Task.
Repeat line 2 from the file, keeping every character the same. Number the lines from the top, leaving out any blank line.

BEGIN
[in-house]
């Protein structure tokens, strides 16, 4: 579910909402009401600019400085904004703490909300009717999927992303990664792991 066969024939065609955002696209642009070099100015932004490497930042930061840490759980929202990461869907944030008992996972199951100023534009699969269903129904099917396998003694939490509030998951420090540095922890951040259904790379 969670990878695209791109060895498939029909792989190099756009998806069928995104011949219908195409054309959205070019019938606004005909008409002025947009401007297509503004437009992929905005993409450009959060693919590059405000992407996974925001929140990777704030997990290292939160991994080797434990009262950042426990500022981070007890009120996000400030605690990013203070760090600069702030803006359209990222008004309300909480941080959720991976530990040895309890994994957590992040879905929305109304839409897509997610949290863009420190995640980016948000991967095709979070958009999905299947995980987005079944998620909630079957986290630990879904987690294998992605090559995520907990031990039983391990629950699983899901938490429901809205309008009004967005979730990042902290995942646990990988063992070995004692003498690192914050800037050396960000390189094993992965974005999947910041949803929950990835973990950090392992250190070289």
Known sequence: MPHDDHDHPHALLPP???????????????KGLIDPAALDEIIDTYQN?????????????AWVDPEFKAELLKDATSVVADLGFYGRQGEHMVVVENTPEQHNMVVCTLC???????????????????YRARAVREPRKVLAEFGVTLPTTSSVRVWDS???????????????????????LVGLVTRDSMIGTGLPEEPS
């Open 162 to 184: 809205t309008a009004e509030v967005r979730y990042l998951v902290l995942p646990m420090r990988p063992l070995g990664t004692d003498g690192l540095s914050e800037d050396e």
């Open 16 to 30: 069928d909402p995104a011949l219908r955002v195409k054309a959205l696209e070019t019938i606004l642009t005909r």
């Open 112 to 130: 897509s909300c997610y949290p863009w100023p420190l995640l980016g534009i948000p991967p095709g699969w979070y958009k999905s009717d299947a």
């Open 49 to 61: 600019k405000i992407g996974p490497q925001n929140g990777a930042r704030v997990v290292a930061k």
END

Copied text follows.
């Protein structure tokens, strides 16, 4: 579910909402009401600019400085904004703490909300009717999927992303990664792991 066969024939065609955002696209642009070099100015932004490497930042930061840490759980929202990461869907944030008992996972199951100023534009699969269903129904099917396998003694939490509030998951420090540095922890951040259904790379 969670990878695209791109060895498939029909792989190099756009998806069928995104011949219908195409054309959205070019019938606004005909008409002025947009401007297509503004437009992929905005993409450009959060693919590059405000992407996974925001929140990777704030997990290292939160991994080797434990009262950042426990500022981070007890009120996000400030605690990013203070760090600069702030803006359209990222008004309300909480941080959720991976530990040895309890994994957590992040879905929305109304839409897509997610949290863009420190995640980016948000991967095709979070958009999905299947995980987005079944998620909630079957986290630990879904987690294998992605090559995520907990031990039983391990629950699983899901938490429901809205309008009004967005979730990042902290995942646990990988063992070995004692003498690192914050800037050396960000390189094993992965974005999947910041949803929950990835973990950090392992250190070289």